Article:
And they had been used that a way in the '50s with some -- with great success actually to treat the distress of people with terminal cancer

diagnoses, to treat alcoholics. And they were getting good results. But after the backlash against psychedelics, all that research stopped in the

early '70s. It was revived around 2000 in a series of experiments done at Johns Hopkins, NYU, UCLA. And they found that these are very effective

treatments for depression, for addiction, for the distress of people with a cancer diagnosis. And they got remarkable results.

And MDMA, which is not exactly a psychedelic but it is also an illicit recreational drug so-called, it is ecstasy or molly, they found -- they

have found in papers just published in the last month or two that that is very effective in treating PTSD. So, this class of drugs is undergoing this

transformation really in our understanding of them.

What's exciting about them is they don't seem to just treat symptoms of mental illness but they seem to address causes. They actually seem to lead

to cures. Now, these are only phase 2 trials. They still have to go through phase 3 trials, which are much larger, but that is under way now. And I

think we are moving to a complete reclassification of some of these drugs as potentially therapeutic aids.

ISAACSON: The most lyrical section of your new book, "This Is Your Mind on Plants," involves my favorite plant-based drug. And I saw you taking some

sips this morning as well.

POLLAN: My tea, yes.

ISAACSON: Caffeine. Why is it that caffeine is so socially acceptable where as other plant-based drugs are not?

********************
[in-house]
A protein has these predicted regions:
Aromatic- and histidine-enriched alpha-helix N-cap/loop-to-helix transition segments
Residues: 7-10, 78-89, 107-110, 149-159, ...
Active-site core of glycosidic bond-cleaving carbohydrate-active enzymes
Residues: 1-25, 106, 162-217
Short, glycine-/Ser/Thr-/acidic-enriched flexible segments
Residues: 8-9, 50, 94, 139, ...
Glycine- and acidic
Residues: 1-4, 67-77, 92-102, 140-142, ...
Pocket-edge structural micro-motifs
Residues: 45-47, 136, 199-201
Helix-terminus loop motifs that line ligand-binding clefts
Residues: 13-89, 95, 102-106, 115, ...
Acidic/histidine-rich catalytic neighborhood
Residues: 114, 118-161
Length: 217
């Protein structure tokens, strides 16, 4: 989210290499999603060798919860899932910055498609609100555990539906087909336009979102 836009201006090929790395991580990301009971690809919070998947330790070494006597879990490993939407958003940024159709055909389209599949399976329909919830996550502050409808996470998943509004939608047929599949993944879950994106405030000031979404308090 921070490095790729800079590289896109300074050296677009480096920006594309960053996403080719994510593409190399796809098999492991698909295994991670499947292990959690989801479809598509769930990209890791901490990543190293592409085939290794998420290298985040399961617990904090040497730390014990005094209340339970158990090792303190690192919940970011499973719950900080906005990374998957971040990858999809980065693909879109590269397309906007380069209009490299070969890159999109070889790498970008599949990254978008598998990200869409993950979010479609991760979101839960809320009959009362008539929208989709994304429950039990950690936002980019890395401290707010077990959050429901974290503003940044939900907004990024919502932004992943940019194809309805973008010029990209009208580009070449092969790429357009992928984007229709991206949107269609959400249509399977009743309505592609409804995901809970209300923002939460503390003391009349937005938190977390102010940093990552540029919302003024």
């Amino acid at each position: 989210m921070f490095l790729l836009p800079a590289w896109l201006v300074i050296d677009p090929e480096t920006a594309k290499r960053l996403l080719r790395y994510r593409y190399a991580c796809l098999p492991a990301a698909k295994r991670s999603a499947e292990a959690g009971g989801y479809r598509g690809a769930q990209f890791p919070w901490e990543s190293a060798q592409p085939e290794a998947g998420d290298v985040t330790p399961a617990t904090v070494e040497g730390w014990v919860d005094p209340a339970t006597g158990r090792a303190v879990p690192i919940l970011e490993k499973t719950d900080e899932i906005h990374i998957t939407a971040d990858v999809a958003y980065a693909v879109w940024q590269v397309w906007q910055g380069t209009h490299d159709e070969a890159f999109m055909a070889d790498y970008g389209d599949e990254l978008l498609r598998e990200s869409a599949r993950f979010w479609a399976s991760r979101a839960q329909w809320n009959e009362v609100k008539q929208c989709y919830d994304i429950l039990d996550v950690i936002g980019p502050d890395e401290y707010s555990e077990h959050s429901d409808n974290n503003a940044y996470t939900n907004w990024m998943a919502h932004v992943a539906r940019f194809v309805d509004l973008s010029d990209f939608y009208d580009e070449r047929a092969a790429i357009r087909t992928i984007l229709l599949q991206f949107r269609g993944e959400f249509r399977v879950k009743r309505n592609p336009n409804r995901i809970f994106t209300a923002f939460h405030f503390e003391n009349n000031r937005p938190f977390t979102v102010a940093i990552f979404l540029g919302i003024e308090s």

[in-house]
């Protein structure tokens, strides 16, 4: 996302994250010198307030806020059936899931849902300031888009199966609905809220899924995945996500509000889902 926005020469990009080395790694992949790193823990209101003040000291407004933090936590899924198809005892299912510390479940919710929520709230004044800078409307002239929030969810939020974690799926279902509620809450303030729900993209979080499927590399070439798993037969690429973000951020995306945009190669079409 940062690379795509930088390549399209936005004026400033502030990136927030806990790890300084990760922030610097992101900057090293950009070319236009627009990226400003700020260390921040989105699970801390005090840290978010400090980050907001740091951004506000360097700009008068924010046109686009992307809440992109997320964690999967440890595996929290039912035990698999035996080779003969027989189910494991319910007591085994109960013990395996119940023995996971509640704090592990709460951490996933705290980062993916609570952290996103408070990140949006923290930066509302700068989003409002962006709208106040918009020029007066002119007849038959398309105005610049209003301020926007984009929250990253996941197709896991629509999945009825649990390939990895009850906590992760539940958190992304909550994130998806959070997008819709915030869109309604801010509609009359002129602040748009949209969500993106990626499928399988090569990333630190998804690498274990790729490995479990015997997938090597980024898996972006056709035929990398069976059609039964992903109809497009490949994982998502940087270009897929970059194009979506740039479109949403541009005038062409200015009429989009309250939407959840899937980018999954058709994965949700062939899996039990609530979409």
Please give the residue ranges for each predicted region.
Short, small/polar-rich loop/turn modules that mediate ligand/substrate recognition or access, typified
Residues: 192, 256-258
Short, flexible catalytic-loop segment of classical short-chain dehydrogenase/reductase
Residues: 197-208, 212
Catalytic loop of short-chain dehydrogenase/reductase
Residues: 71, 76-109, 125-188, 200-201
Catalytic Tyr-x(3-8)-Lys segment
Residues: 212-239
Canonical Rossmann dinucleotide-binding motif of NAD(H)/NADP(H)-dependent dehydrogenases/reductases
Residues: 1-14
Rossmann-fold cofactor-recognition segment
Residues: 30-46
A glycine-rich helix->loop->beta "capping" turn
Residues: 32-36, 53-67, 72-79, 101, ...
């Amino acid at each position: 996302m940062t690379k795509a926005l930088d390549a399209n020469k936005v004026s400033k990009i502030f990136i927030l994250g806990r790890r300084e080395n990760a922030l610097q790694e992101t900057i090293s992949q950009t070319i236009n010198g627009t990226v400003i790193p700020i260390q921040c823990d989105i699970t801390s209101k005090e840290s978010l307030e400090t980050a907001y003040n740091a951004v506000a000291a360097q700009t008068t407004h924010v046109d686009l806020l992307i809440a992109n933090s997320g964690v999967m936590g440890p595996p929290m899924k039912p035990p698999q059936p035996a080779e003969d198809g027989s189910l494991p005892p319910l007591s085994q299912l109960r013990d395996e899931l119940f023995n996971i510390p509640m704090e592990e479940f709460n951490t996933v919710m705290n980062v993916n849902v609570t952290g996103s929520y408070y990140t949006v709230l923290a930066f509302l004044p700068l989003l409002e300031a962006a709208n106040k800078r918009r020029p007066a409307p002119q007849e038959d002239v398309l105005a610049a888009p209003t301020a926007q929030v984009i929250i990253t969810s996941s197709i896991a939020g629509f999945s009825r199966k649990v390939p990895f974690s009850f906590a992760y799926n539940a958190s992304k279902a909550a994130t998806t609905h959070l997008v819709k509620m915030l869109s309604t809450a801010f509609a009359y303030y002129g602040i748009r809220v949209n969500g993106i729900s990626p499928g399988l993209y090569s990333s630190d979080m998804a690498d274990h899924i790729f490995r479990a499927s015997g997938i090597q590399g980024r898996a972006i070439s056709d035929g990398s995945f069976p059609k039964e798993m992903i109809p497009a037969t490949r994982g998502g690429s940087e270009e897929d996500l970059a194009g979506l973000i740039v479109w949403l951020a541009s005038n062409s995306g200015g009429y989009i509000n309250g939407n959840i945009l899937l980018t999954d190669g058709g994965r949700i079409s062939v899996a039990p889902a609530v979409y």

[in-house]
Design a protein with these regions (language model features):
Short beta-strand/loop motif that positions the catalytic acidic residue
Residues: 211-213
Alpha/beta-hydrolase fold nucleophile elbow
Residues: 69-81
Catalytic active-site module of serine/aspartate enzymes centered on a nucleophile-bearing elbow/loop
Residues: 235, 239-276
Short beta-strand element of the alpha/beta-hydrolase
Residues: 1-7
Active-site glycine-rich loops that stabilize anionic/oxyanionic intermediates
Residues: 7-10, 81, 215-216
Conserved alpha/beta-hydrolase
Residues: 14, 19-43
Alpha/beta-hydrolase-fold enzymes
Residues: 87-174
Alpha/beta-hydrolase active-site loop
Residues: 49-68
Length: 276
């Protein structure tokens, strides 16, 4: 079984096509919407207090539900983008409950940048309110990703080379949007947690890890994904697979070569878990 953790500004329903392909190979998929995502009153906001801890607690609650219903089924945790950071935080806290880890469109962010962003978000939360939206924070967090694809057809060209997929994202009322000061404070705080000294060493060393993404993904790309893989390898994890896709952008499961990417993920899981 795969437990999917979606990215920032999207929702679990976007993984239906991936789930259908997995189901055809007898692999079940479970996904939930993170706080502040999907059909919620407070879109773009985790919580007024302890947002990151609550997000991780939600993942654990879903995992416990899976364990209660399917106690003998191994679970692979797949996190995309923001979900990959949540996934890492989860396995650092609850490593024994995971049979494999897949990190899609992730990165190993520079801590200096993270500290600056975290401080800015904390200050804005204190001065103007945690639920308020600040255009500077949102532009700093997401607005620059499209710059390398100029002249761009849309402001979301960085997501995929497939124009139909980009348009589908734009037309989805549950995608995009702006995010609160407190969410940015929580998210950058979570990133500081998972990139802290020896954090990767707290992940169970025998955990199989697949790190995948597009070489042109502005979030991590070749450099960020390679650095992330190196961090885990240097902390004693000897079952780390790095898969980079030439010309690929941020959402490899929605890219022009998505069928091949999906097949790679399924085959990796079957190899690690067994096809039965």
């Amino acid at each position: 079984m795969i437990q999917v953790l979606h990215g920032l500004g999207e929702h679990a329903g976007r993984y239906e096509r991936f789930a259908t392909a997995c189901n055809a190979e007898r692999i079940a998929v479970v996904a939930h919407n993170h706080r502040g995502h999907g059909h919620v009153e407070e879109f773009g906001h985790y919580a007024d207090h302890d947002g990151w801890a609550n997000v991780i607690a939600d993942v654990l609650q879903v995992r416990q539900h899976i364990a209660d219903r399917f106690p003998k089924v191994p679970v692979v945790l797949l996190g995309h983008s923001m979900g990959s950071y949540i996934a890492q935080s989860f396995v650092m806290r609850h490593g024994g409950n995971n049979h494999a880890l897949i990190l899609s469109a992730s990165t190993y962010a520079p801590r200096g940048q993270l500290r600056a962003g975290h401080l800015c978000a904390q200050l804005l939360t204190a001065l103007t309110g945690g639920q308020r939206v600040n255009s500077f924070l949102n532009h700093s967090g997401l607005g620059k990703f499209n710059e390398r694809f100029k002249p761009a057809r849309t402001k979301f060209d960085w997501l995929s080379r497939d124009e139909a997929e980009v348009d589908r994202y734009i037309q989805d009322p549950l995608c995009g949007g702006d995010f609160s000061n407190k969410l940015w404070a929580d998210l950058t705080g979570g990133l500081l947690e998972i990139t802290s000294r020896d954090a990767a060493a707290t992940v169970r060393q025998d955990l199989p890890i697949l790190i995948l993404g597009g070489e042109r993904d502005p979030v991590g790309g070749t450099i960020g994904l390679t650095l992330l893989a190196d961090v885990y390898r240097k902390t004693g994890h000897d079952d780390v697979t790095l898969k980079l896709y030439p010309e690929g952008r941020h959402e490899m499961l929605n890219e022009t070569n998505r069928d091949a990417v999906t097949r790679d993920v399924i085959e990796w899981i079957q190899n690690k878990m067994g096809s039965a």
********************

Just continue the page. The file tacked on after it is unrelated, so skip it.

POLLAN: Yes. So, that is a really interesting question. There seems to be this great arbitrary sense of like this drug we demonize, this one we

allow. I mean, you know, tobacco and alcohol are more dangerous than most of the illicit drugs.

I think it has to do if whether a drug is perceived as lubricating the wheels of society or mucking them up. And caffeine par excellence (ph) is

the drug that lubricates our world. Social life, capitalism, you know, you don't need any bigger explanation or argument for that. Then just look at

the institution of the coffee break. OK?

This is a situation where our employers actually give us a free drug, caffeine in the form of coffee or tea. And then they give us paid time in

which to enjoy it. Why are they doing that? They are doing it because caffeine makes us better workers. It makes us more efficient. It makes us

more focused. It gives us greater endurance.

It allows us to work long hours. It is, you know -- I think it is one of the preconditions for the industrial revolution. You needed a workforce

that was not drunk all the time. Which was -- you know, before the introduction of caffeine to Europe, which happens in the 17th century,

people drank morning, noon and night because alcohol was safer than water. Water was contaminated. And the fermentation in alcohol would kill


Coffee and tea come along, and you basically, to an extent, displace alcohol as the everyday drink. And you are giving people a drink that

allows them to work more effectively, be more rational, think in a more linear way. It actually ushers in a new form of consciousness to the west.

And that form of consciousness contributes to things like the enlightenment, the age of reason in England and the industrial revolution.


So, it is a huge deal. I mean, caffeine changed our world. And you can argue for the good or for the -- well, for the good of civilization,

certainly, our standard of living. But it also disconnected us with nature in a way. Before caffeine, we stopped work when the sun went down. You

know, our circadian rhythms were tied to that of the seasons and the nature. So, whether it was better for the species or not is a different

question but it was certainly bet for civilization.

ISAACSON: Well, Michael, stay safe, be careful and thank you for joining us.

POLLAN: Thank you, Walter. Great pleasure talking to you.


AMANPOUR: Fascinating stuff. That is it for now. Thank you for watching and good-bye from London.